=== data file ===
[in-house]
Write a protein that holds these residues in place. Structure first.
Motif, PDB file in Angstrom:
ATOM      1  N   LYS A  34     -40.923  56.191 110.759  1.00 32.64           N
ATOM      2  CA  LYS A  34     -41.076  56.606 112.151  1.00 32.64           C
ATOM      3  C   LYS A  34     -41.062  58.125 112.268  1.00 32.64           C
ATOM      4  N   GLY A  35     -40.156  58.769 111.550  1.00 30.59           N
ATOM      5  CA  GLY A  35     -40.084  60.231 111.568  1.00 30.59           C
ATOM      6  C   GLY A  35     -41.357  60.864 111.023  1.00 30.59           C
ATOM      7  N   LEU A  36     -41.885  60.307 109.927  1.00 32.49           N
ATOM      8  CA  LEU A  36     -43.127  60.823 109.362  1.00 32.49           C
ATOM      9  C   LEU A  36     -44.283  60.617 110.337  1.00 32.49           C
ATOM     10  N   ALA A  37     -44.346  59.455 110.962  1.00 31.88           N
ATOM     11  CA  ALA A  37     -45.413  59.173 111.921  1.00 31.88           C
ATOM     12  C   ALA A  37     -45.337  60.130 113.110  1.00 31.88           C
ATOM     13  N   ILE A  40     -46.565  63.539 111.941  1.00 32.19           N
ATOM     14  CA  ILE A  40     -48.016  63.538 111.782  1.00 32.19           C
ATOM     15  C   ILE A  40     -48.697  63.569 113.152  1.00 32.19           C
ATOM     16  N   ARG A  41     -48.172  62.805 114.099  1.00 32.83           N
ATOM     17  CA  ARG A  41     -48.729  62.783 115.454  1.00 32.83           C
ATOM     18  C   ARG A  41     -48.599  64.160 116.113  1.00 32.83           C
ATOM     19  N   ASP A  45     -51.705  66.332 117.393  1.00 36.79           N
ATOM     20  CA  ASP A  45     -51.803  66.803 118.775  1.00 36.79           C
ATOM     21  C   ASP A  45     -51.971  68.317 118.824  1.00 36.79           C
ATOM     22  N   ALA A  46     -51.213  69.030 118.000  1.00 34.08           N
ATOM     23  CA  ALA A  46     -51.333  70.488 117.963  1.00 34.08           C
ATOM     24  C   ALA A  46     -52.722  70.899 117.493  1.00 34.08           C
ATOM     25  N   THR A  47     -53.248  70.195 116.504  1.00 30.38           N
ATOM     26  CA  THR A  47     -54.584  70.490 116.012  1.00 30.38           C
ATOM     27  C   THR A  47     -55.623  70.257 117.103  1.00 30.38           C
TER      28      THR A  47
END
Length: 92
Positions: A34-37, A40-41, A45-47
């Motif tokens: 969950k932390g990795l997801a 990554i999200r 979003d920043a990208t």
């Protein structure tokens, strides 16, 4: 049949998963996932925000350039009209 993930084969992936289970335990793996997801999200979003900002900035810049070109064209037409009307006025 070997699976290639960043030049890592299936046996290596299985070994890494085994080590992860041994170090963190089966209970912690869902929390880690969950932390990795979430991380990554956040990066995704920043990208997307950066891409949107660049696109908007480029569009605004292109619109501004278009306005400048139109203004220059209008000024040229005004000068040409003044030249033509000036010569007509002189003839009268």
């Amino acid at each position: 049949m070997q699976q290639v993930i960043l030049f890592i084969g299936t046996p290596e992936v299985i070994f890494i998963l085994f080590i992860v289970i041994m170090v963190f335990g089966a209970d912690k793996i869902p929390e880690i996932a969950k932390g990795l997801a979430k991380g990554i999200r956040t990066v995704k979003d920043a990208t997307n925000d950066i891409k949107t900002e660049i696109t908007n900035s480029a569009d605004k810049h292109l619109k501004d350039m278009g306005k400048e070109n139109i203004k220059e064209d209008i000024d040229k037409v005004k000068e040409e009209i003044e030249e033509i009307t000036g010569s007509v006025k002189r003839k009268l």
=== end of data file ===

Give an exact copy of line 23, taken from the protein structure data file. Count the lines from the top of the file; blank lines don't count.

ATOM     20  CA  ASP A  45     -51.803  66.803 118.775  1.00 36.79           C